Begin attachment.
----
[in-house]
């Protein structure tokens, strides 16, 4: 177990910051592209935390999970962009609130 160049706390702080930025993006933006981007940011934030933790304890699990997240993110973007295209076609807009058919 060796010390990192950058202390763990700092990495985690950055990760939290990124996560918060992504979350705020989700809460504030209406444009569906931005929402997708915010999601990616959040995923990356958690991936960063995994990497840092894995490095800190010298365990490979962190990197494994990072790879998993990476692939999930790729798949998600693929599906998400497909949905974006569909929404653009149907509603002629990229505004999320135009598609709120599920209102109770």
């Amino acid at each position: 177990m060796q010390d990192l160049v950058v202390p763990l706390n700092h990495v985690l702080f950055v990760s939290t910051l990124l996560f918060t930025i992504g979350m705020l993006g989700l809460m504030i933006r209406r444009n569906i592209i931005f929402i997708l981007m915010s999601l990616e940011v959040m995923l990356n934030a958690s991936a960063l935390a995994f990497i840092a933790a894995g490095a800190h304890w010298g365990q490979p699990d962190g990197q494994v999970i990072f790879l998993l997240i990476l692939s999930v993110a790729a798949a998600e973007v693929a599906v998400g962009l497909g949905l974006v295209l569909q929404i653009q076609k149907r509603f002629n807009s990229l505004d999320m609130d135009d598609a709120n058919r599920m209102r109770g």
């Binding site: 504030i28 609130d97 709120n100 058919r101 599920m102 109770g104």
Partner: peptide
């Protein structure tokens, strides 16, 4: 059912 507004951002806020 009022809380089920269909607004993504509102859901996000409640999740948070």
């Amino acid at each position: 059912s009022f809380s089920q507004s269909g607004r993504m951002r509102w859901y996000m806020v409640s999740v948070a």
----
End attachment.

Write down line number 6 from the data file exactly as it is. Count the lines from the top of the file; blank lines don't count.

């Protein structure tokens, strides 16, 4: 059912 507004951002806020 009022809380089920269909607004993504509102859901996000409640999740948070």